Cerullo’s recent book Shipwrecks: Exploring Sunken Cities Beneath the Sea profiles two shipwrecks and the artificial reefs created by them. One of those is the S.S. Portland, an elegant steamer that sank in a winter storm in Massachusetts in 1898 with nearly 200 crew and passengers as it was returning to Maine from Boston. In this talk, the author explores the exciting discoveries of underwater explorers and how their work helps us understand the past. Mary Cerullo is the author of 14 non-fiction children’s books, and has been teaching and writing about the ocean and natural history for over 30 years. She currently works for the environmental advocacy organization, Friends of Casco Bay, in South Portland.


I found this article interesting as it relates the beginning of an effort to get an historic property listed as an officially recognized historic site.

New status sought for old racetrack

Bid for recognition in Machias linked to DOT plans to flood the site


By Sharon Kiley Mack
BDN Staff


MACHIAS, Maine — Using photographs, fair programs and other documentation, Washington County Manager Betsy Fitzgerald is attempting to have a former horse-racing track declared an official historic site.

She is working with the Machias Historical Society on the project, which will be submitted to the Maine Historic Preservation Commission.

Categories: events, historic buildings, historic preservation, historical societies, history, Maine, Maine Historical Society, preservation, restoration, Uncategorized | Tags: , , , , , , , , , | 5 Comments

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5 thoughts on “Fort Williams, Maine

  1. Mary Ireland

    My great great grandfather was a mason at Fort Williams in 1902. I was wondering if there is a collection of pictures during this time frame.

  2. Bob Cumby

    I was station at Fort Williams September 1951-1054.with the US Air Force. The Air Force had a radar site at Fort Williams from 1950 until 1953. It was lash up to other radar sites in Maine. Part of the Air Defense Command. I have seen nothing about the Air Force ever being at Fort William. I have old pictures of the radar and other buildings I took when station here. There were 3 Squadrons. 657th Aircraft Control and Warning. They were replaced by 127th Aircraft Control and Warning Squadron. A Michigan Air National Guard call up to active duty for two years on September 1, 1953. was sent to Fort Williams to replace 657th. On September 1, 1953. the 127th was returned with our personal to the State of Michigan. The 677th Aircraft Control and Warning Squadron was formed. In April 1954 it was sent to another radar site in Michigan. The assigned personal were sent to other assignments. I was the last Air Force to leave Fort William. I was transfer to 766th AC&W at Caswell Air Station, Limestone, Maine. That was the end of US Air Force at Fort Williams.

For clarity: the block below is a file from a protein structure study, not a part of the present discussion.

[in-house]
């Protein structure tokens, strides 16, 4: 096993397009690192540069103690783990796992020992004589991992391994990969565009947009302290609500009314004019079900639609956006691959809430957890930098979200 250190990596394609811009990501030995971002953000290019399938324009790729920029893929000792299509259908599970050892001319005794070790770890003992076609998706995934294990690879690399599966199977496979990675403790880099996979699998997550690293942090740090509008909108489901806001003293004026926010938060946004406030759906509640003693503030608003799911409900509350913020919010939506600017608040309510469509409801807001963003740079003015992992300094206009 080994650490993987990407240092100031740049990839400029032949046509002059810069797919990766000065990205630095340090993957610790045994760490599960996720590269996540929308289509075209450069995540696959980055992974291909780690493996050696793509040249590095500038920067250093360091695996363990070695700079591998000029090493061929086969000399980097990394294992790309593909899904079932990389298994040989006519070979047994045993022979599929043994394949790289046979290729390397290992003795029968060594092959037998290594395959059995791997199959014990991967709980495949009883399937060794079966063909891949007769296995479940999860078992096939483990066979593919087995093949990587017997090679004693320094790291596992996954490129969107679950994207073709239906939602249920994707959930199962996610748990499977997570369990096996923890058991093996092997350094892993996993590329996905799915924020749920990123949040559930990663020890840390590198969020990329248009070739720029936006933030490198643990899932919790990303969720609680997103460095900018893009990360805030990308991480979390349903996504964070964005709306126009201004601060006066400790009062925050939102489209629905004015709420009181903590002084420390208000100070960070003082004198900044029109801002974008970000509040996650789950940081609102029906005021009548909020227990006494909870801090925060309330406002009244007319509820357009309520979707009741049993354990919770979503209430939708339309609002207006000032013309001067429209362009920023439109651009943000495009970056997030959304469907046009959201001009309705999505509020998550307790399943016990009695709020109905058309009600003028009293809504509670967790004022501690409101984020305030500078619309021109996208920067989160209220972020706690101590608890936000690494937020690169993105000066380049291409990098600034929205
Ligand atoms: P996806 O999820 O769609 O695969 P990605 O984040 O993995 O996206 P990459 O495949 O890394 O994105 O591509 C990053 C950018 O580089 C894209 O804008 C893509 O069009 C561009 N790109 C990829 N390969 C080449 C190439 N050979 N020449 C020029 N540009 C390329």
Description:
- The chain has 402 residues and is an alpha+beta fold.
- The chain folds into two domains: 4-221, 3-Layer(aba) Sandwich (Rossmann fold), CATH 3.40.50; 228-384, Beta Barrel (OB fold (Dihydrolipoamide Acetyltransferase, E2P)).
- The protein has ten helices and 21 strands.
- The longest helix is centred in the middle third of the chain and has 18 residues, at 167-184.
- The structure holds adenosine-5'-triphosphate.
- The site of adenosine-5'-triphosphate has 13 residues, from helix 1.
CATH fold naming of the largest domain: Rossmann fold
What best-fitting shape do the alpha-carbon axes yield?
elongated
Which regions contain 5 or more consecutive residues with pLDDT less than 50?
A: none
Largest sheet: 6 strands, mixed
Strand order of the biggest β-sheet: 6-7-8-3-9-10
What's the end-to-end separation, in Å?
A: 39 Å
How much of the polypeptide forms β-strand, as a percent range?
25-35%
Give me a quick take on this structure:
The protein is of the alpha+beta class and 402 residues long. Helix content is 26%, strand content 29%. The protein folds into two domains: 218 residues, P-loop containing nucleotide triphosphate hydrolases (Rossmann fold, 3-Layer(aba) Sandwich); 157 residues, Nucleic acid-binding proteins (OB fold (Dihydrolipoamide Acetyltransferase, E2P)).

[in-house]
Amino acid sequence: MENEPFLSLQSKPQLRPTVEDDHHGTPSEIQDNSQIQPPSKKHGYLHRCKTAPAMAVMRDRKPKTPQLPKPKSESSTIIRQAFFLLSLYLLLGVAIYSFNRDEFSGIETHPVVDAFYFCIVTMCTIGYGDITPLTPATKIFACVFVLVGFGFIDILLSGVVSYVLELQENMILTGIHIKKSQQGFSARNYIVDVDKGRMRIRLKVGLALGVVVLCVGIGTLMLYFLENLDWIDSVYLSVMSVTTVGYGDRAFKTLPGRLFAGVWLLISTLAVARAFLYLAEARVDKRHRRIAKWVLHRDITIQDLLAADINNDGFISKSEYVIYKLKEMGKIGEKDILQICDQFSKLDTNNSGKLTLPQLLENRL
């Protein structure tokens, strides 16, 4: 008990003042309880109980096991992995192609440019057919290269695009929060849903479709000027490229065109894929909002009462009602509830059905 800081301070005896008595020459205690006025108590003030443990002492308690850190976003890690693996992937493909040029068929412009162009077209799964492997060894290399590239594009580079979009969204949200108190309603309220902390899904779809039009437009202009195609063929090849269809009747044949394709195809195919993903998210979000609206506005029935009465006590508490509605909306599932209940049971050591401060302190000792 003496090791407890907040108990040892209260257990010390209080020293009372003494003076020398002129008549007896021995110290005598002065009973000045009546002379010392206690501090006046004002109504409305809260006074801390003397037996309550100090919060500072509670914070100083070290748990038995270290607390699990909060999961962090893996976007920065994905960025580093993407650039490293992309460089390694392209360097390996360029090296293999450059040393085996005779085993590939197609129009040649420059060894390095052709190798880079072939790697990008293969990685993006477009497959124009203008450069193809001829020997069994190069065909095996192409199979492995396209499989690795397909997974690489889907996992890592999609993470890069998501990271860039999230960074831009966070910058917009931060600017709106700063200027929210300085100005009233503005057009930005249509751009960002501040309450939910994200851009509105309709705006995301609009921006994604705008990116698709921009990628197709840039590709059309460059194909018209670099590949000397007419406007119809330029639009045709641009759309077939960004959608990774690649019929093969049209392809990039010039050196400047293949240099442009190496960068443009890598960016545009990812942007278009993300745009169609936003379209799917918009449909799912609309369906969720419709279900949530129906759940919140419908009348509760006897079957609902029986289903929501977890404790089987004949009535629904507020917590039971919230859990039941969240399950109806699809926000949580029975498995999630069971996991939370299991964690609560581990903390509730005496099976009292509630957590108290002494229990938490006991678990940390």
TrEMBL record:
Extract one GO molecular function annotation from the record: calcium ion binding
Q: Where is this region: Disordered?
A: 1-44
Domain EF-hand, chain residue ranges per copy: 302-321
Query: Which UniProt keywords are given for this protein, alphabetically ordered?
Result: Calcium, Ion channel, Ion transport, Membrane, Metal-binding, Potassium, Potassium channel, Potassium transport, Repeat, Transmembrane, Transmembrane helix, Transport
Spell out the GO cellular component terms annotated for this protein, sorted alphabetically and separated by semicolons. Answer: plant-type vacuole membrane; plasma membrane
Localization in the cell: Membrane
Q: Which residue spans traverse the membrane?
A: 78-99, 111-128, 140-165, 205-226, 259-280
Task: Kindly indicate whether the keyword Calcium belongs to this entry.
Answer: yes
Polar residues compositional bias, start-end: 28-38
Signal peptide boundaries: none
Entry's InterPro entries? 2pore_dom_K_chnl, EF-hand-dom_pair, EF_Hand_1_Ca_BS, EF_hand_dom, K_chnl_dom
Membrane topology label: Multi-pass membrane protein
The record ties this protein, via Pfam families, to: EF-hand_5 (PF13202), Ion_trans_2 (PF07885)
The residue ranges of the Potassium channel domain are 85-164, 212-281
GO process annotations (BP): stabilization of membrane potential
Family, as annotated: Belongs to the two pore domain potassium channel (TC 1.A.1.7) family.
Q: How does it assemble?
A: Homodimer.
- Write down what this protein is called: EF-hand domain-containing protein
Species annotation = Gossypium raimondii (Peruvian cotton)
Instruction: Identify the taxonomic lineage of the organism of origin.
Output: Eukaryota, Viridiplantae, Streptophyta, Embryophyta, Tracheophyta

3. James W. Patt

    I was stationed at Fort Williams September 1951-March 52, with the 127 ac&w. Looking over my orders I found a William H Cumby from Detroit. Bob are you relaterd to william? I was with the 127th ac&w a MIchigan air National Guard unit, we were called into active duity 1 sept. 1951. 1952 I was tranferred to the 762 ac&w, North Truro, Mass.

    I have been back to the Fort twice June 1955 and June 2005. What a difference!!!!! Could not find anyone that new anyting about the 127th being there.

    I have called the Fort, historical soc. nobody knows anything about that part of the fort history.

  4. Stacy C

    I also Looking for information on Fort Williams My step father grew up across from the portland. He has told me some fasinating storys. these storys I’am using For my maine history class. therefore anyone willing to share some info would be greatly appericated. Also any old pics.